APPEALS

Our firm instructs and appears in Appeal matters in the County Court of Victoria and the District Court of New South Wales and, instructs in Appeal matters in the Court of Appeal of Victoria and the Court of Criminal Appeal in New South Wales.

 

Appeals can be filed on two bases: appeals against conviction and appeals against sentence.

  • Conviction appeals are filed with the Court of Appeal when a person has pleaded not guilty at Trial and are ultimately convicted by a jury, or in the case of New South Wales by a jury or a judge sitting alone. The conviction appeal is filed because the person is of the view that:
  • a significant error occurred in the Trial (either in the form of the evidence that was admitted, a mistake made by a party or a charge/summing up given by the judge at the conclusion of the Trial);
  • new evidence has arisen since the Trial that significantly affects the safety of the conviction; or
    because the convicted person argues that no reasonable jury properly instructed could have come to the verdict that was delivered.

 

Most recently, our firm instructed in the conviction appeal of Moustapha Dib. In 2012, he was convicted of murder and attempted murder after pleading not guilty at Trial. In February 2016, after exhaustive appeal proceedings, Moustapha was released from prison a free man, after the Court of Criminal Appeal unanimously overturned the convictions and entered verdicts of not guilty.

 

Our firm is regularly engaged in complex conviction appeals by those who argue that their trials were unfair and the jury’s verdict flawed. It is imperative that if your loved one has been convicted and incarcerated following a Trial that you immediately retain experienced criminal lawyers to commence the appeal process. In both Victoria and New South Wales, an accused person has 28 days to file the relevant notices to instigate appeal proceedings. If they exceed the 28 day period, they need tp apply to the Court to seek leave to appeal out of time, which increases the difficulty and cost associated with the proceedings.

 

With the exception of the most unusual circumstances, where compelling fresh evidence has arisen that raises overwhelming doubt about a verdict of ‘not guilty’, the Crown has no right of appeal in relation to a verdict of not guilty. In other words, the Crown cannot appeal a verdict because they do not like the outcome.

 

Sentence appeals are similarly filed with the relevant appeals courts. A person appealing a sentence handed down following a Plea or Trial can only do so if they can argue that the sentence was manifestly excessive or there was a palpable error in the sentencing process. Those considering appealing their sentence must be aware that in respect of each offence there is a sentencing range that applies. Different people may be sentenced to differing sentences for the same offence, depending on their circumstances, the objective seriousness of the respective offence and what prior convictions the person has. The Court of Appeal cannot reduce a sentence on the basis that the presiding appellate judges would have, personally, imposed a lower sentence. The sentence must be outside the range of available sentences (for example, a manifestly excessive term of imprisonment), or has been made on the basis of an error (for example the sentencing judge relied on fact or a feature of the offence that was not available on the evidence).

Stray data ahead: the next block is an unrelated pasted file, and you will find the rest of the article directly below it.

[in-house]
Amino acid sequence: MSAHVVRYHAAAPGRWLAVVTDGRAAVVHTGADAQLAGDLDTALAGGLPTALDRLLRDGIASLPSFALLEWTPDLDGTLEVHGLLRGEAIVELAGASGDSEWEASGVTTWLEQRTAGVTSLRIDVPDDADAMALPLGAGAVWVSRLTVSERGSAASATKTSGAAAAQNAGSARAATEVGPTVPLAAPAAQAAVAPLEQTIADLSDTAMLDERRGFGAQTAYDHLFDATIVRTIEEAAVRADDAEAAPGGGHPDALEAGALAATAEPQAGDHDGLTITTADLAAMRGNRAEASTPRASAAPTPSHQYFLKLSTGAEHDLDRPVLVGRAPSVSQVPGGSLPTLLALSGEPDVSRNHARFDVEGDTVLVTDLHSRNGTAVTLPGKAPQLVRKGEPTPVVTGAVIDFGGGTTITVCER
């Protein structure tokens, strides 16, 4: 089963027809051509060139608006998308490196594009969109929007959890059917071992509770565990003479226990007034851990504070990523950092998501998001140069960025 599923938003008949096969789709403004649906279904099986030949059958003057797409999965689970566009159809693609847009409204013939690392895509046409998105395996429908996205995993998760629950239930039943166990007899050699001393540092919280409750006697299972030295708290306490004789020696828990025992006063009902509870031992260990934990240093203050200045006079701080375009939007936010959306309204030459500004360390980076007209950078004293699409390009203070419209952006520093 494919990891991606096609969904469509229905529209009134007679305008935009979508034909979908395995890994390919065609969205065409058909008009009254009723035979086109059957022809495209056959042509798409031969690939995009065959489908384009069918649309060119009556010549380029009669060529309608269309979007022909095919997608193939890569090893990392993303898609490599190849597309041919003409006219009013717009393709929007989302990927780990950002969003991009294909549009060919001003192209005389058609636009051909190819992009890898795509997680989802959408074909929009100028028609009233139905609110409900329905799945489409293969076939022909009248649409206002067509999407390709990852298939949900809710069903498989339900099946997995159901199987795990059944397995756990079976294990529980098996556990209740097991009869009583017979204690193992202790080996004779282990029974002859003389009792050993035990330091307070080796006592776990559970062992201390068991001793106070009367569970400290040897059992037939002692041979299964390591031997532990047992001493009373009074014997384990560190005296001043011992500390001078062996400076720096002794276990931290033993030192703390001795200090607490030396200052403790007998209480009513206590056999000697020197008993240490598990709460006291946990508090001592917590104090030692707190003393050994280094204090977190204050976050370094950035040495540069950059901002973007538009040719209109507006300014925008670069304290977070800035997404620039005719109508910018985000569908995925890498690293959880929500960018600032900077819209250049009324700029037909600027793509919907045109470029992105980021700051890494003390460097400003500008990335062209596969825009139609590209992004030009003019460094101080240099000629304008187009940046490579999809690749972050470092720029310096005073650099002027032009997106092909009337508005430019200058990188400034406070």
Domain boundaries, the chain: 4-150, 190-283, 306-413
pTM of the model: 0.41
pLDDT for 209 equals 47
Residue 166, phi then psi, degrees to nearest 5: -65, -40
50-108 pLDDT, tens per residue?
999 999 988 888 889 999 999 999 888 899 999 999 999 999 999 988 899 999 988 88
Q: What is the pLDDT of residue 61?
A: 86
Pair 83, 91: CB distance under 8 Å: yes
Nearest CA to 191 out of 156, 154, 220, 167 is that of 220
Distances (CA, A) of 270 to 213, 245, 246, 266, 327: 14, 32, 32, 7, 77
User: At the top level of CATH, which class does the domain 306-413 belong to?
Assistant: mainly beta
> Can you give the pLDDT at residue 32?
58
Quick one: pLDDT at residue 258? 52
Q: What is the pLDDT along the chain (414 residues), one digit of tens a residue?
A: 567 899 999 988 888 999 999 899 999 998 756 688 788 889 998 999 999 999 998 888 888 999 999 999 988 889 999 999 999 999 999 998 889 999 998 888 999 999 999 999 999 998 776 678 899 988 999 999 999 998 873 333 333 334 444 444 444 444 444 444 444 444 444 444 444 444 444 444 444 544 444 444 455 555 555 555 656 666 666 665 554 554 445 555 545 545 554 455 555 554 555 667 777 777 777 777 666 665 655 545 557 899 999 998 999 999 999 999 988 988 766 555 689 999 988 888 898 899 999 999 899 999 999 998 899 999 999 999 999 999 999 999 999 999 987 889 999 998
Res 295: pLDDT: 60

Similarly, the Director of Public Prosecutions may, within 28 days of a sentence being handed down, appeal the sentence because the Crown argues that it is manifestly inadequate. The Court of Appeal cannot increase a sentence on the basis that the presiding appellate judges would have, personally, imposed a higher sentence. The sentence must be outside the range of available sentences, on the lower end, before the Court will intervene.

 

The appeal process can be daunting, confusing and emotional for convicted persons and their families and many questions are usually asked about the avenues available once a Trial or Plea is over. The answers to these questions ultimately depend on the facts and circumstances of the individual case. However, if you or a family member is anticipating appeal proceedings, including those filed out of time, please contact our office for an appointment with one of our experienced lawyers.